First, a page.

Outside of the traditional Basque Sports that have origins from the Basque region, there are plenty of international sports that are popular. 

Football, or soccer, is one of the most popular sports (like most places in Europe). 

You’ll regularly find kids playing football in the local frontóns or in the main plazas in the Basque towns. They even hold kids’ football tournaments on La Concha Beach in Spring and Autumn when there’s low tide.

Support for the Basque football teams is also strong. 

Athletic Bilbao, Real Sociedad (who play in the Anoeta Stadium), Eibar and Deportivo Alaves are all teams that have competed in La Liga and even Europe in recent years.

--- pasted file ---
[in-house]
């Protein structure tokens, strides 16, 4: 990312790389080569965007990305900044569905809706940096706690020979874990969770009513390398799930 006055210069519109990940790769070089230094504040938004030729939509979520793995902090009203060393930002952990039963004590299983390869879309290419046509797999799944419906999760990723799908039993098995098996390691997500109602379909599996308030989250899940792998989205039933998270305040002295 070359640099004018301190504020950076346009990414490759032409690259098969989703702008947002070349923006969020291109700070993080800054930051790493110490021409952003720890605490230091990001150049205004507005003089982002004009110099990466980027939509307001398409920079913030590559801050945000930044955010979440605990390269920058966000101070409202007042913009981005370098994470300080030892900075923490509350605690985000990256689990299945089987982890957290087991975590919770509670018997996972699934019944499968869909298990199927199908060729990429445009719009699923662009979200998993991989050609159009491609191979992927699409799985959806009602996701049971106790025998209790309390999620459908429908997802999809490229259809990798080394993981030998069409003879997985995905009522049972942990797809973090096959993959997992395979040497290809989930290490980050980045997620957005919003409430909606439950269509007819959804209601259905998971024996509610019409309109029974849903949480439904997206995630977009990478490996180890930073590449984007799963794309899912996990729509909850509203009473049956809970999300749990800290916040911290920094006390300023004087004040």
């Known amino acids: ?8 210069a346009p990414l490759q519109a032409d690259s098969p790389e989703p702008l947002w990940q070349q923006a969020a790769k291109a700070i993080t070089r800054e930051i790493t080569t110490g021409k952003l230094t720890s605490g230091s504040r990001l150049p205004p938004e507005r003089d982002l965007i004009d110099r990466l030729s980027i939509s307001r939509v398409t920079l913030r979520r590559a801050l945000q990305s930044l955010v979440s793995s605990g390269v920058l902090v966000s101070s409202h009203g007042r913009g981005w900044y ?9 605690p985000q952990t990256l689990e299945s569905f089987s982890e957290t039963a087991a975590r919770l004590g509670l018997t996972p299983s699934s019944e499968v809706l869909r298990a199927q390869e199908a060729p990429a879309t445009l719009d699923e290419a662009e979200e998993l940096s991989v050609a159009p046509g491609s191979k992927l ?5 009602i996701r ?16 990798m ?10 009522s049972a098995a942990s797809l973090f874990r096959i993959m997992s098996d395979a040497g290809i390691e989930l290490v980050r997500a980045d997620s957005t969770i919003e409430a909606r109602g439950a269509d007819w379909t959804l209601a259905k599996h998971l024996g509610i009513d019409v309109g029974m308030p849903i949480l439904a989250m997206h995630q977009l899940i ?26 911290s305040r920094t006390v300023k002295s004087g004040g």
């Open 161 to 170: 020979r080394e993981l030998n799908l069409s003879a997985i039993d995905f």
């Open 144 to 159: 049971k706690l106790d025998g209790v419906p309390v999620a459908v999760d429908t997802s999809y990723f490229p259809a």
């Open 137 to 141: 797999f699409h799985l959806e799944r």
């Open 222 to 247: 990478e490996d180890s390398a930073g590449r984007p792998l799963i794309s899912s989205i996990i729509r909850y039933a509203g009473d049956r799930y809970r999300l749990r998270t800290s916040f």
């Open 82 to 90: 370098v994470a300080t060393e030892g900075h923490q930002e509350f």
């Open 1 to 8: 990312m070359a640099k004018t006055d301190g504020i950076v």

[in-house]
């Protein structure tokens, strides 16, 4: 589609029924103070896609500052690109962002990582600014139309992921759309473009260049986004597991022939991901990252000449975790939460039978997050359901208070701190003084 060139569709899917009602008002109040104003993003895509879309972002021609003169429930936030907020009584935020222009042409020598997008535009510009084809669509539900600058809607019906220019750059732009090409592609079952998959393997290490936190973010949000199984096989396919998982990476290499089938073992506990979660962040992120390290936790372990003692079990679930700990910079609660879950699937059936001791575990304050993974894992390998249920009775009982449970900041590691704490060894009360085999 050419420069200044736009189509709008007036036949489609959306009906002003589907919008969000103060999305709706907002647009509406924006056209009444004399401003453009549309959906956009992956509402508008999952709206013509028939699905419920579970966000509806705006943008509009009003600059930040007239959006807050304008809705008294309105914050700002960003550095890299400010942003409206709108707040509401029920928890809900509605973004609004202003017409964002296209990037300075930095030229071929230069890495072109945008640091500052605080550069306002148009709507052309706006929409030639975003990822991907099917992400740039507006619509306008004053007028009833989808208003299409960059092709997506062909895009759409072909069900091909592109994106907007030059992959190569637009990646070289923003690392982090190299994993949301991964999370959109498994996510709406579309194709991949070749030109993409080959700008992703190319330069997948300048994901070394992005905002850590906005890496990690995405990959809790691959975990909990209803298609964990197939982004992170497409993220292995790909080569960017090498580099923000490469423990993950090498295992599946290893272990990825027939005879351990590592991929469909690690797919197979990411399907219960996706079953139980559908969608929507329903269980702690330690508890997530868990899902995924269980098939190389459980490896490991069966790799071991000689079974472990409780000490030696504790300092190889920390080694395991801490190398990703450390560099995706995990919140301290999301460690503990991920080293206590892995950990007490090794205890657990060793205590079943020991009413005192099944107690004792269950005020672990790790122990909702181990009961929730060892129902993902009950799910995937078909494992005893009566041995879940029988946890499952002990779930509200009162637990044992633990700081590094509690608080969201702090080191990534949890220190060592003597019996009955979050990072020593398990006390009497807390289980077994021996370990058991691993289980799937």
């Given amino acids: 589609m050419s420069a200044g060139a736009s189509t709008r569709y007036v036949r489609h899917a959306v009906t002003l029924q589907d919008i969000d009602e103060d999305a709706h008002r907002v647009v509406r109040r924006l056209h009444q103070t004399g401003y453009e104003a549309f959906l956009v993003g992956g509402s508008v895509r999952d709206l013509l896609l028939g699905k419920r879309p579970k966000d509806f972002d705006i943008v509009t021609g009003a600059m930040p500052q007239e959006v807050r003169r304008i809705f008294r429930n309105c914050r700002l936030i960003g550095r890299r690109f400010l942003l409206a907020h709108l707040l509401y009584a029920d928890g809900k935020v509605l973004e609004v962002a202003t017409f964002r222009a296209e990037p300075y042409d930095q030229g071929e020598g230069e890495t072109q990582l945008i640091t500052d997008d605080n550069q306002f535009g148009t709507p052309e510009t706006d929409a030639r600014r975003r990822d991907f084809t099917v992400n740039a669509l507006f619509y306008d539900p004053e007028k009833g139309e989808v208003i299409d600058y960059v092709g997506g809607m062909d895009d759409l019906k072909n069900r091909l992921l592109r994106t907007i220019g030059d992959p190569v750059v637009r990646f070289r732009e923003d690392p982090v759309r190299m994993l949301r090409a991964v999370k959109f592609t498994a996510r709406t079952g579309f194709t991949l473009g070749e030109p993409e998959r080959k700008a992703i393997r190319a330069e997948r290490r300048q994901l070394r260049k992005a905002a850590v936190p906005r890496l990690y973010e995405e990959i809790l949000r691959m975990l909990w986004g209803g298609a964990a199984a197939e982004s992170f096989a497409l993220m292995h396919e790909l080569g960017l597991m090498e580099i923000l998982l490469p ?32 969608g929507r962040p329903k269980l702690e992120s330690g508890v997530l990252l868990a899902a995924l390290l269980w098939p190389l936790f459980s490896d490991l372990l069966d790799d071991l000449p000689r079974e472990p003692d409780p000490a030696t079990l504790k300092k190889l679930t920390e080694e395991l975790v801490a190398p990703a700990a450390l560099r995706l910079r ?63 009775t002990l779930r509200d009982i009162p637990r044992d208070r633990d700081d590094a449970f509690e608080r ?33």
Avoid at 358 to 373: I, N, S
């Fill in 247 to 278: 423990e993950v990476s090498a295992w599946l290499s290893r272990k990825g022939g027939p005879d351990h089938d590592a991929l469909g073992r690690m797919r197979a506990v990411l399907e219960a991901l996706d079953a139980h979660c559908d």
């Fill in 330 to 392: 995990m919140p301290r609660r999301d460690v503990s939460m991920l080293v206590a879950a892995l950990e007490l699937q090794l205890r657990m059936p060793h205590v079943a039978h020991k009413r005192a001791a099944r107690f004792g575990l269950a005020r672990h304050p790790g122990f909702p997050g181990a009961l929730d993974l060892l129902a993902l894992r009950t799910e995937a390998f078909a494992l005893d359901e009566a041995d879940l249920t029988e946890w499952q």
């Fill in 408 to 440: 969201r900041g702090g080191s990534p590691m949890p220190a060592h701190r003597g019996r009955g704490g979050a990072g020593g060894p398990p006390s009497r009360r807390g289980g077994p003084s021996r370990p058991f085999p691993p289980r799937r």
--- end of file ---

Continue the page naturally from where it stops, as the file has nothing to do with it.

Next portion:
The Basque Country also has a national football team. But it’s not affiliated with FIFA meaning they only play the occasional friendly match.

Basketball is another popular sport with school playgrounds usually having a couple of courts. 

And with all the mountains in the Basque Country, cycling is another popular sport. Many of the top riders in the world come to train in the Basque region. 

The Clásica San Sebastián is one of the most important single day racing events on the cycling calendar. It’s also one of the top sport events in San Sebastian

Lastly, people come from all over the world to La Zurriola and Zarautz beach to try their hand at surfing. These spots along the Basque coast have some of the best waves in Europe, making them popular destinations for surfers.